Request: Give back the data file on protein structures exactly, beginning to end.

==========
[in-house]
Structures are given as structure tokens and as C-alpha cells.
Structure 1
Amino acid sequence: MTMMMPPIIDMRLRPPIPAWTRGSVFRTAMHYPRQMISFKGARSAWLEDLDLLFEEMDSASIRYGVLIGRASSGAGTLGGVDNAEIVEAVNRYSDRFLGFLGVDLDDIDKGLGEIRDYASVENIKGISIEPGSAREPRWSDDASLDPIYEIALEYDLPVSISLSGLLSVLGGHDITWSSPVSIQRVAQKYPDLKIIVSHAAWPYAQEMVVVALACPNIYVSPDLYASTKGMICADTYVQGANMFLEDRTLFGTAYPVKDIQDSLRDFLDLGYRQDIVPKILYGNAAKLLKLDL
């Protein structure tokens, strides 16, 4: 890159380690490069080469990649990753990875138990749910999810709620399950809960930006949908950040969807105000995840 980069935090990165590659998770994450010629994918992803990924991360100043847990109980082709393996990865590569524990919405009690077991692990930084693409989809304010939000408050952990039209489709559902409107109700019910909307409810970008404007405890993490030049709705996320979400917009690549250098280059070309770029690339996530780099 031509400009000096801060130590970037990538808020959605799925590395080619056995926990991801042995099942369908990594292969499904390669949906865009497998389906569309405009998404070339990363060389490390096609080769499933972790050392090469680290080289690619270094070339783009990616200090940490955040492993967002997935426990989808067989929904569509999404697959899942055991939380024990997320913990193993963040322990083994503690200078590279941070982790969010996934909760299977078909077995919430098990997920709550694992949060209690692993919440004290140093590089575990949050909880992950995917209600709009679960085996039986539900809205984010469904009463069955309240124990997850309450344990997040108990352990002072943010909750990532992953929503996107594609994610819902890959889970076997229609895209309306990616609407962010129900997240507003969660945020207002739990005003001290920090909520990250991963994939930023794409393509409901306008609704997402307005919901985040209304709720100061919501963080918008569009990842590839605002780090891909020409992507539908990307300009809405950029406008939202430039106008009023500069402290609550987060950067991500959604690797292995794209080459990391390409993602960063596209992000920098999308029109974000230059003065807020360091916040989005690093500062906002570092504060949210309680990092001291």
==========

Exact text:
[in-house]
Structures are given as structure tokens and as C-alpha cells.
Structure 1
Amino acid sequence: MTMMMPPIIDMRLRPPIPAWTRGSVFRTAMHYPRQMISFKGARSAWLEDLDLLFEEMDSASIRYGVLIGRASSGAGTLGGVDNAEIVEAVNRYSDRFLGFLGVDLDDIDKGLGEIRDYASVENIKGISIEPGSAREPRWSDDASLDPIYEIALEYDLPVSISLSGLLSVLGGHDITWSSPVSIQRVAQKYPDLKIIVSHAAWPYAQEMVVVALACPNIYVSPDLYASTKGMICADTYVQGANMFLEDRTLFGTAYPVKDIQDSLRDFLDLGYRQDIVPKILYGNAAKLLKLDL
């Protein structure tokens, strides 16, 4: 890159380690490069080469990649990753990875138990749910999810709620399950809960930006949908950040969807105000995840 980069935090990165590659998770994450010629994918992803990924991360100043847990109980082709393996990865590569524990919405009690077991692990930084693409989809304010939000408050952990039209489709559902409107109700019910909307409810970008404007405890993490030049709705996320979400917009690549250098280059070309770029690339996530780099 031509400009000096801060130590970037990538808020959605799925590395080619056995926990991801042995099942369908990594292969499904390669949906865009497998389906569309405009998404070339990363060389490390096609080769499933972790050392090469680290080289690619270094070339783009990616200090940490955040492993967002997935426990989808067989929904569509999404697959899942055991939380024990997320913990193993963040322990083994503690200078590279941070982790969010996934909760299977078909077995919430098990997920709550694992949060209690692993919440004290140093590089575990949050909880992950995917209600709009679960085996039986539900809205984010469904009463069955309240124990997850309450344990997040108990352990002072943010909750990532992953929503996107594609994610819902890959889970076997229609895209309306990616609407962010129900997240507003969660945020207002739990005003001290920090909520990250991963994939930023794409393509409901306008609704997402307005919901985040209304709720100061919501963080918008569009990842590839605002780090891909020409992507539908990307300009809405950029406008939202430039106008009023500069402290609550987060950067991500959604690797292995794209080459990391390409993602960063596209992000920098999308029109974000230059003065807020360091916040989005690093500062906002570092504060949210309680990092001291």